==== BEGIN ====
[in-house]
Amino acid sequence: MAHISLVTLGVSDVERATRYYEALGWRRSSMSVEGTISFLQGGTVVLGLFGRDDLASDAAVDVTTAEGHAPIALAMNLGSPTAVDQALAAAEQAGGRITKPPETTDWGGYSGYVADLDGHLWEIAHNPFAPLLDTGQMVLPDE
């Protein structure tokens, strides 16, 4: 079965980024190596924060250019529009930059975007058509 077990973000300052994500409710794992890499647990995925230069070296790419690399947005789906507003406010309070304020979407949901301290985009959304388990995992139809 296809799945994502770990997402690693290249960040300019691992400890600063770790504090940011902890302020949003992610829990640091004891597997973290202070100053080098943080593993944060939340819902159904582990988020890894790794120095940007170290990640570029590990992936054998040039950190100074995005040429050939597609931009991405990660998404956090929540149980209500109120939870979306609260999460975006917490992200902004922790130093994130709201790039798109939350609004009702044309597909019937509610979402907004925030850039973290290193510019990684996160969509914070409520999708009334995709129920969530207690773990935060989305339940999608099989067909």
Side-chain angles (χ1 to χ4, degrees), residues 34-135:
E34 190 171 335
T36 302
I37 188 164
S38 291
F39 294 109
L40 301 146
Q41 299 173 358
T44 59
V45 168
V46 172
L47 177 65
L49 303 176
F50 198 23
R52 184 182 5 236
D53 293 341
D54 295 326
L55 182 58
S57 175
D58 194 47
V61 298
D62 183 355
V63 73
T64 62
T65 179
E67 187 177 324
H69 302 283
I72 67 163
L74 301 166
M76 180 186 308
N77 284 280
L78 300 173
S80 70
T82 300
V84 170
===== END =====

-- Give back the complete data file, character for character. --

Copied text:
[in-house]
Amino acid sequence: MAHISLVTLGVSDVERATRYYEALGWRRSSMSVEGTISFLQGGTVVLGLFGRDDLASDAAVDVTTAEGHAPIALAMNLGSPTAVDQALAAAEQAGGRITKPPETTDWGGYSGYVADLDGHLWEIAHNPFAPLLDTGQMVLPDE
């Protein structure tokens, strides 16, 4: 079965980024190596924060250019529009930059975007058509 077990973000300052994500409710794992890499647990995925230069070296790419690399947005789906507003406010309070304020979407949901301290985009959304388990995992139809 296809799945994502770990997402690693290249960040300019691992400890600063770790504090940011902890302020949003992610829990640091004891597997973290202070100053080098943080593993944060939340819902159904582990988020890894790794120095940007170290990640570029590990992936054998040039950190100074995005040429050939597609931009991405990660998404956090929540149980209500109120939870979306609260999460975006917490992200902004922790130093994130709201790039798109939350609004009702044309597909019937509610979402907004925030850039973290290193510019990684996160969509914070409520999708009334995709129920969530207690773990935060989305339940999608099989067909």
Side-chain angles (χ1 to χ4, degrees), residues 34-135:
E34 190 171 335
T36 302
I37 188 164
S38 291
F39 294 109
L40 301 146
Q41 299 173 358
T44 59
V45 168
V46 172
L47 177 65
L49 303 176
F50 198 23
R52 184 182 5 236
D53 293 341
D54 295 326
L55 182 58
S57 175
D58 194 47
V61 298
D62 183 355
V63 73
T64 62
T65 179
E67 187 177 324
H69 302 283
I72 67 163
L74 301 166
M76 180 186 308
N77 284 280
L78 300 173
S80 70
T82 300
V84 170